Stupid Nationalist Stunts│ David Bone
What does a child do when it doesn’t get its own way? It has a tantrum. Lashes out. Its behaviour can get more and more outlandish as it constructs a delusional inner world to soothe itself to the harsh reality it finds itself in. But it’s just a developmental stage that we all go through. ‘The terrible two’s’ don’t last forever.
The same can be said of political movements, which are after all just another manifestation and outlet for human behaviour and impulses. In particular the nationalist cause in Scotland at the moment seems to be having psychological difficulty recognising reality (but some are at last recognising it) and rather than facing up to facts, like adults, many appear to be engaging in bigger and bigger stunts to ameliorate the harsh and unpleasant circumstances that they find themselves surrounded by.
With the ‘All under One Banner’ march through Glasgow last month and another in Dumfries, we can see this process in action. The campaign organisers have stated that they will march at ‘regular intervals until Scotland is Free’. Despite the mild public inconvenience caused to the people of Glasgow and Dumfries, no one would dispute their right to march; but this is all that they seem to do now: bombastic, visual stunts that look impressive, but with little of substance.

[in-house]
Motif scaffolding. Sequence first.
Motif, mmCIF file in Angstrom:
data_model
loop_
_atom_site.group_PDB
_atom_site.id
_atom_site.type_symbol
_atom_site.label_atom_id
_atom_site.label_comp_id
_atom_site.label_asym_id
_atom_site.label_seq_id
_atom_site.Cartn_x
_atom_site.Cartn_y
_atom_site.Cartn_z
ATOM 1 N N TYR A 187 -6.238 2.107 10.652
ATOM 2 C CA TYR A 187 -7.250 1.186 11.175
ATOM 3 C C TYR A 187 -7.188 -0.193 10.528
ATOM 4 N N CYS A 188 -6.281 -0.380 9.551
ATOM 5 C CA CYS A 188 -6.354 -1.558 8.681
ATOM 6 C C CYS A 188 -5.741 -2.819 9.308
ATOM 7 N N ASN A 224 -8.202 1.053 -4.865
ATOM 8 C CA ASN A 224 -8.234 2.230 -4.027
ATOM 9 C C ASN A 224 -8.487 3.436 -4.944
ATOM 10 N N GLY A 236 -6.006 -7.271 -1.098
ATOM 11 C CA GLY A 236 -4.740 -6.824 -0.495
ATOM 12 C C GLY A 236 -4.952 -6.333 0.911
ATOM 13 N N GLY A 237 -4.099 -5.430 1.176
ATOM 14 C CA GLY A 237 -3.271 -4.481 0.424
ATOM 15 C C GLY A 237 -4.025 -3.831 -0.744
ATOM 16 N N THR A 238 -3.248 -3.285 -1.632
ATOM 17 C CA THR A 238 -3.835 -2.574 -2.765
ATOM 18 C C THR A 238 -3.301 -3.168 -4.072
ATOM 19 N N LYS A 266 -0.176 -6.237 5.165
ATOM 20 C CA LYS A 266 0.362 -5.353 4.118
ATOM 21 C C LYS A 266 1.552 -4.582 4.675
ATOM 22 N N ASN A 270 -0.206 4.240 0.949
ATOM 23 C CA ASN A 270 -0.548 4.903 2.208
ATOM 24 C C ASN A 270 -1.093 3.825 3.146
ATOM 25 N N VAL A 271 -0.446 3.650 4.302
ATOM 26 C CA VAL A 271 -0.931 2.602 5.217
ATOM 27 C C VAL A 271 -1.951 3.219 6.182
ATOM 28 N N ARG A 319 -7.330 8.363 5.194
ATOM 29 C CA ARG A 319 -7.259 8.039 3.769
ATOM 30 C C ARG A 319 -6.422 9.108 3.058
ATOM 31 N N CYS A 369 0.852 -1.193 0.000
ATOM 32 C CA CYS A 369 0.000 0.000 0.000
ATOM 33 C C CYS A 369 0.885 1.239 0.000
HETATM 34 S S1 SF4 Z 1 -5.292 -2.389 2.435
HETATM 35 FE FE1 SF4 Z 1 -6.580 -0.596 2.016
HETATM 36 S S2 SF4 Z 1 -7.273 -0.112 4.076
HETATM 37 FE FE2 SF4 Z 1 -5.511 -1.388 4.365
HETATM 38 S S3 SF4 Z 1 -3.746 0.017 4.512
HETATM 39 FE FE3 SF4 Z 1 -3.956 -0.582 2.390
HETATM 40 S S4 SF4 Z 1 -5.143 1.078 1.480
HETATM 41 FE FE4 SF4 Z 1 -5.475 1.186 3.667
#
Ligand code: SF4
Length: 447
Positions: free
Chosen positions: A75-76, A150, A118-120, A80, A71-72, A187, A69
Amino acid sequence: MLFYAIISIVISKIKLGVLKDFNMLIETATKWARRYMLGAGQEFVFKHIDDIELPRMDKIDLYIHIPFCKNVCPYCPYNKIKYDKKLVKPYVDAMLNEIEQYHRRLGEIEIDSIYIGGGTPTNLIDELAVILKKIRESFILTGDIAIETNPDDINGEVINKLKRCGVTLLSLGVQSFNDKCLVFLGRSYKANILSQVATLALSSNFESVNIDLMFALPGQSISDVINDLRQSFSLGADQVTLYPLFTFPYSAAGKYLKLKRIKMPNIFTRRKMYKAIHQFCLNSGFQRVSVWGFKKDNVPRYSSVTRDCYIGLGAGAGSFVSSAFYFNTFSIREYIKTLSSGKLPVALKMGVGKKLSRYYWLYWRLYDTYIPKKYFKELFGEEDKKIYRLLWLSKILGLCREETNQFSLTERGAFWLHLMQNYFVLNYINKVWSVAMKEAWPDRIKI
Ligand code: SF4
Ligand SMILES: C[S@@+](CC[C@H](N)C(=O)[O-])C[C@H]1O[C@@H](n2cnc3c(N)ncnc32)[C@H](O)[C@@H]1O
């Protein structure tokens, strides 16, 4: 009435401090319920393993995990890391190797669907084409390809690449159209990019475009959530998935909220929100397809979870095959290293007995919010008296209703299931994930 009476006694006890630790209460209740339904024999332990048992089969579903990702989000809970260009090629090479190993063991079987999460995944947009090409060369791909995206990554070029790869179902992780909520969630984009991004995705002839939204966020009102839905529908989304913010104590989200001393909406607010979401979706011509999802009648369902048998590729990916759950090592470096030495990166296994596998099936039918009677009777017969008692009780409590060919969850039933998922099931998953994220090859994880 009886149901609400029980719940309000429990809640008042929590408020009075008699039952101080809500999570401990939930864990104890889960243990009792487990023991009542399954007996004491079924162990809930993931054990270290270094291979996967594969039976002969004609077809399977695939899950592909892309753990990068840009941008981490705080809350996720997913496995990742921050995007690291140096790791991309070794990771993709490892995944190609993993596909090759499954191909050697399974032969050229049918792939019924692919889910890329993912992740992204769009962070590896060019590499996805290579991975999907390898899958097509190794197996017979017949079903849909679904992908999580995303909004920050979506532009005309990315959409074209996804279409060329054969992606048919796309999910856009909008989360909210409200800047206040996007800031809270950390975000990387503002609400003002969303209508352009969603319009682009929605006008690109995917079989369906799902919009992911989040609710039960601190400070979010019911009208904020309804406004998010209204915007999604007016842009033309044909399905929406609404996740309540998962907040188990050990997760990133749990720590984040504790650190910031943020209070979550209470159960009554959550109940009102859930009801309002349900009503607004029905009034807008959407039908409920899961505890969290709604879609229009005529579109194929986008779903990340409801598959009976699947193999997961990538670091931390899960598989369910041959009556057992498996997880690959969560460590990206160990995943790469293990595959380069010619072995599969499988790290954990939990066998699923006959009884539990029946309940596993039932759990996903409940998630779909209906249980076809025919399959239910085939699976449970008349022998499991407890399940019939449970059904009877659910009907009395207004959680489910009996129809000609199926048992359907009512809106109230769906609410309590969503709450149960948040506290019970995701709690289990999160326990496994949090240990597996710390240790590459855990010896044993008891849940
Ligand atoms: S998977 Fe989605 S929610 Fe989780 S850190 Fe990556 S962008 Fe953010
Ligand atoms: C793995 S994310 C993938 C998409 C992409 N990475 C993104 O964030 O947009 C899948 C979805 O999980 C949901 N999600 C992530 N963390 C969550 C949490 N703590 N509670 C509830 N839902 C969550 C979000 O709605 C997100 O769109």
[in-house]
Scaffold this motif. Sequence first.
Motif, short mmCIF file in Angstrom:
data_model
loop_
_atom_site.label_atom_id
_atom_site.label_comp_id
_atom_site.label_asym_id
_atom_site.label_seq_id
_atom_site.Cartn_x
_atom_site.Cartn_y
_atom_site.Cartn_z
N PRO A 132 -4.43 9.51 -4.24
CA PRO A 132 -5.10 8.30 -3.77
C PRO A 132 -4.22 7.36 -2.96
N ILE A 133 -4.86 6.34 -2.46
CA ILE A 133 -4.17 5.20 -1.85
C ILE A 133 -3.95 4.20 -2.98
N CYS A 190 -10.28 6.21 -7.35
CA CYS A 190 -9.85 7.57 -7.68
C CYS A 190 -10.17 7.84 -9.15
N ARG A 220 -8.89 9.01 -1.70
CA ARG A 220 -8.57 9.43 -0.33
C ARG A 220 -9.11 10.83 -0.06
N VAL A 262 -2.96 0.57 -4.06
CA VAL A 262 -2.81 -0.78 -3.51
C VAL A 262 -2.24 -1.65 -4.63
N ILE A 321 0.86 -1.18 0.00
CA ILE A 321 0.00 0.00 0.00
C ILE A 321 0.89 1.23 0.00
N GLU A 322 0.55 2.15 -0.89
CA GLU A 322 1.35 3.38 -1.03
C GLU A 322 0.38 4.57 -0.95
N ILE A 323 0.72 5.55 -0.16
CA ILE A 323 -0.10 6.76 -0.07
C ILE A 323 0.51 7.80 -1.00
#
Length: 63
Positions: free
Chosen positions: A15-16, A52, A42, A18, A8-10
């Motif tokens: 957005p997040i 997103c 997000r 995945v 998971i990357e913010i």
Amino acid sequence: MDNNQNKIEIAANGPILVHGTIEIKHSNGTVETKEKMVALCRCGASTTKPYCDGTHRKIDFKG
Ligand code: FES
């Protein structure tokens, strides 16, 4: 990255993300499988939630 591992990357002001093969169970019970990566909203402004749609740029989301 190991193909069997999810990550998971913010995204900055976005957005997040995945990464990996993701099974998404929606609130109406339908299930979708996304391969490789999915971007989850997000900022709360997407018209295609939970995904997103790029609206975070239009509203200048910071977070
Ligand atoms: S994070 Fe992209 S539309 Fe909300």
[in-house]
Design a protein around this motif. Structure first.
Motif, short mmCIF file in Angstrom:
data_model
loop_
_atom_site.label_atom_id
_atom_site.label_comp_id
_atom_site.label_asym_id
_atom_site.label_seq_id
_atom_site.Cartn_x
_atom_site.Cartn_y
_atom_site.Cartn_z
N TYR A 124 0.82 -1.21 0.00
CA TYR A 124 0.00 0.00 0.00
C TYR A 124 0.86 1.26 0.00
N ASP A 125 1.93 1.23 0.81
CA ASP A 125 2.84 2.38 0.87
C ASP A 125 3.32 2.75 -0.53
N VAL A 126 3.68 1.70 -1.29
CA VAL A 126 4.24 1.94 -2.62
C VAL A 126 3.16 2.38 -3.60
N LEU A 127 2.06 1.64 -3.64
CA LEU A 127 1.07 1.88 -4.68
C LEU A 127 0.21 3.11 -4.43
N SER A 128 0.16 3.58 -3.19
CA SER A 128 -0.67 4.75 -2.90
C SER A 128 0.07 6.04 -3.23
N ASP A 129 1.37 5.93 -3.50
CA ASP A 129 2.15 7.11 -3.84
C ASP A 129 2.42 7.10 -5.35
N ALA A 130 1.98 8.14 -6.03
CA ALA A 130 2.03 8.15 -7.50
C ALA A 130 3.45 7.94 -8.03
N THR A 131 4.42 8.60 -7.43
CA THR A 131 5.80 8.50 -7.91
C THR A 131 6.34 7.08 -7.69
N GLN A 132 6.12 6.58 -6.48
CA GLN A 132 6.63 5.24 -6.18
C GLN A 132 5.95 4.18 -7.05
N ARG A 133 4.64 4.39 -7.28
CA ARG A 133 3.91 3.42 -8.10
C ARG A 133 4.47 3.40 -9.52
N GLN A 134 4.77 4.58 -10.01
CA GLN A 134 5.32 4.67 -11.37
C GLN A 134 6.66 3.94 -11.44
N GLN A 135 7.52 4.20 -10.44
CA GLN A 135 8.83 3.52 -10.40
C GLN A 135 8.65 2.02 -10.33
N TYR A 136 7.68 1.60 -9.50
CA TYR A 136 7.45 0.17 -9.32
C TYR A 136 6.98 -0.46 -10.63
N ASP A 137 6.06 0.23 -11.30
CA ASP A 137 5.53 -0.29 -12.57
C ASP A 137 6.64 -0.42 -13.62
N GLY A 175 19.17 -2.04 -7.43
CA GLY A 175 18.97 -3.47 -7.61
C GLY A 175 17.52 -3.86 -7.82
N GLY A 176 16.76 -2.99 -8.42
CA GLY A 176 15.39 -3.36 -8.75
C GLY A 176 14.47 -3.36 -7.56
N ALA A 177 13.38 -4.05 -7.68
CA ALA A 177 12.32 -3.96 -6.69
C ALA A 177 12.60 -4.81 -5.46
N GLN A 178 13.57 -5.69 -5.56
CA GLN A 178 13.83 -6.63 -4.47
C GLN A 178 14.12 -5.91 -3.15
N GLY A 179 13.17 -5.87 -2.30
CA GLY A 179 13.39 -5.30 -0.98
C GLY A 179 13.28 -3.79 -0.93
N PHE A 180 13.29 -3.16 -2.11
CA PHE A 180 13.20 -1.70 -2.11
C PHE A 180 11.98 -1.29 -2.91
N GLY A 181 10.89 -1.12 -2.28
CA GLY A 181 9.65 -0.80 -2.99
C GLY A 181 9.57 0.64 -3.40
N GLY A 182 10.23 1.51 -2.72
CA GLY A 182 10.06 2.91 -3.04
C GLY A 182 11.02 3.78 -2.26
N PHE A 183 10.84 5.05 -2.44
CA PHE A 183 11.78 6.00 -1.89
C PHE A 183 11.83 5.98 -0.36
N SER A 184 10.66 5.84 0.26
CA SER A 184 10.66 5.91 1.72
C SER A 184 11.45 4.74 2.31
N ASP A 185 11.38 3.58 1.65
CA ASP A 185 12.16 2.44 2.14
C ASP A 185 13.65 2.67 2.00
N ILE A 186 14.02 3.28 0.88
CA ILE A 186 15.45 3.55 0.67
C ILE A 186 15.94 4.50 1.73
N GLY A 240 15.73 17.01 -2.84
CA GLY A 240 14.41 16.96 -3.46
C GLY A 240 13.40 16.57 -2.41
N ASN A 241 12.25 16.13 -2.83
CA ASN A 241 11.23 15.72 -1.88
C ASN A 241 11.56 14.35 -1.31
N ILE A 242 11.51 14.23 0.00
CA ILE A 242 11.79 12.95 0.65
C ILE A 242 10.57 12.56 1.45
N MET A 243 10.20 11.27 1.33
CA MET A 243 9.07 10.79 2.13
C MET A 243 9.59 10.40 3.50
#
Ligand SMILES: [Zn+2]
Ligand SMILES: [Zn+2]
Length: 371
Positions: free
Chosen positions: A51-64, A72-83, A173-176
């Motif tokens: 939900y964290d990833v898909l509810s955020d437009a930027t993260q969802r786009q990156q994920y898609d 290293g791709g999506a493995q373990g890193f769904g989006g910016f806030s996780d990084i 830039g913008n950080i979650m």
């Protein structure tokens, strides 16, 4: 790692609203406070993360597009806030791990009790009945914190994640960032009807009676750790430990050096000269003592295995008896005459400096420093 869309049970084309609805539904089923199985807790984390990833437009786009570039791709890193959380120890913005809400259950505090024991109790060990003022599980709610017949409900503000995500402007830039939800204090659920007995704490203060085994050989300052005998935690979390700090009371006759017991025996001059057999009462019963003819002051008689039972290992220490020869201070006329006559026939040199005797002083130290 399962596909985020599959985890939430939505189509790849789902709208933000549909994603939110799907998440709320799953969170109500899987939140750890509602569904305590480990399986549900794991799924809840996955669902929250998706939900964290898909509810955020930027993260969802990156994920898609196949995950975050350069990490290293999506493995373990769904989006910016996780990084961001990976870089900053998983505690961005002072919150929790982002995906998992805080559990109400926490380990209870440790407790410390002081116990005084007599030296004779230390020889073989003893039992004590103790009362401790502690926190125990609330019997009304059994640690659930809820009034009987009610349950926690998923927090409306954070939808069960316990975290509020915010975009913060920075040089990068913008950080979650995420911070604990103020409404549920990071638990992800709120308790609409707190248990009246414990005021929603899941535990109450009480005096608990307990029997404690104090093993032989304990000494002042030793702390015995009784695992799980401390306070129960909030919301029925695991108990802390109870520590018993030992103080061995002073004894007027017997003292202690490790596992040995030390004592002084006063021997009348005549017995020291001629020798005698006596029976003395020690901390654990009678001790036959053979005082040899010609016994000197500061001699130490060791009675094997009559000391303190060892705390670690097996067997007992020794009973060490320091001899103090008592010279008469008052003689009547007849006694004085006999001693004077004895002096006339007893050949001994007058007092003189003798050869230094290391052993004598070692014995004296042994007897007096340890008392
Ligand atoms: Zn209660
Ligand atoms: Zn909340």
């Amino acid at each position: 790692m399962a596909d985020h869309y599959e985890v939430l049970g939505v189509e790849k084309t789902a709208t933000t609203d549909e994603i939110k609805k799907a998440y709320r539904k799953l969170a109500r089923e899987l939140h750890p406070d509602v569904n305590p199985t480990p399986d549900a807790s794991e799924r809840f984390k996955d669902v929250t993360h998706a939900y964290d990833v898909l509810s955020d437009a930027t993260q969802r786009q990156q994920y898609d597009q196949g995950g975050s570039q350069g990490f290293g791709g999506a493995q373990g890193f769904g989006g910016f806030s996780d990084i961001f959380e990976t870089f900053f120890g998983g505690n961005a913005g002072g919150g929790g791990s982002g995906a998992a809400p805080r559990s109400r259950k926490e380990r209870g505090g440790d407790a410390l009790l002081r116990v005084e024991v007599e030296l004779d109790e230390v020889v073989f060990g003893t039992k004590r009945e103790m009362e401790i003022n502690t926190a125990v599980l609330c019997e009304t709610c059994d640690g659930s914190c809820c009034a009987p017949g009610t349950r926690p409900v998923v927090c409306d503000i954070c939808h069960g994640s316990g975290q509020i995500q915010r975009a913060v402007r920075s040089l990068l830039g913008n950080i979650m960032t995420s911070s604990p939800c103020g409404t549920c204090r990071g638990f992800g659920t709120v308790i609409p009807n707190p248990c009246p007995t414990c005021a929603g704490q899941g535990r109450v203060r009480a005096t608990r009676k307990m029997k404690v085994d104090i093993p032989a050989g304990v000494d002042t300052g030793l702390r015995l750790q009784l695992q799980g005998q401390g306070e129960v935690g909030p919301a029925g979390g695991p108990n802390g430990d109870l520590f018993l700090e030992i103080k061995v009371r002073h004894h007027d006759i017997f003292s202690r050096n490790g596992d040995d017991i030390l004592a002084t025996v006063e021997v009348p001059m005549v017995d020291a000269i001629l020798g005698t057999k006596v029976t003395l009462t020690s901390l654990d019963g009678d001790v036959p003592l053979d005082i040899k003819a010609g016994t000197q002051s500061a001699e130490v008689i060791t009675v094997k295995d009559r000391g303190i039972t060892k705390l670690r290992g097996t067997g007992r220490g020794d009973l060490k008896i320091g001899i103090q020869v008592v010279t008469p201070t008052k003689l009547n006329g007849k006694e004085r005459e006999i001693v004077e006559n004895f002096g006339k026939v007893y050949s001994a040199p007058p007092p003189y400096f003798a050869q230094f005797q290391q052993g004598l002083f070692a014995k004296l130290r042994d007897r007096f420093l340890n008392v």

You can see this process in other nationalist stunts since 2014. First, we had the now evicted IndyCamp outside the Scottish Parliament that was disbanded as it jeopardised the political neutrality of Scottish parliament (the fact that they appealed to the highest court in the UK while trying to secede from the UK raised a wry smile). This was a legal case where the defendants tried to summon Queen Elizabeth II as a witness and resulted in the literal revelation, during a procedural hearing, that Jesus had instructed them to stay. From some of the comments on social media at the time, you’d think that they had been moved on by a marauding band of Sassenach interlopers and that they were the indigenous population who had settled on the land 3000 years ago. They weren’t, and Police Scotland took care of it.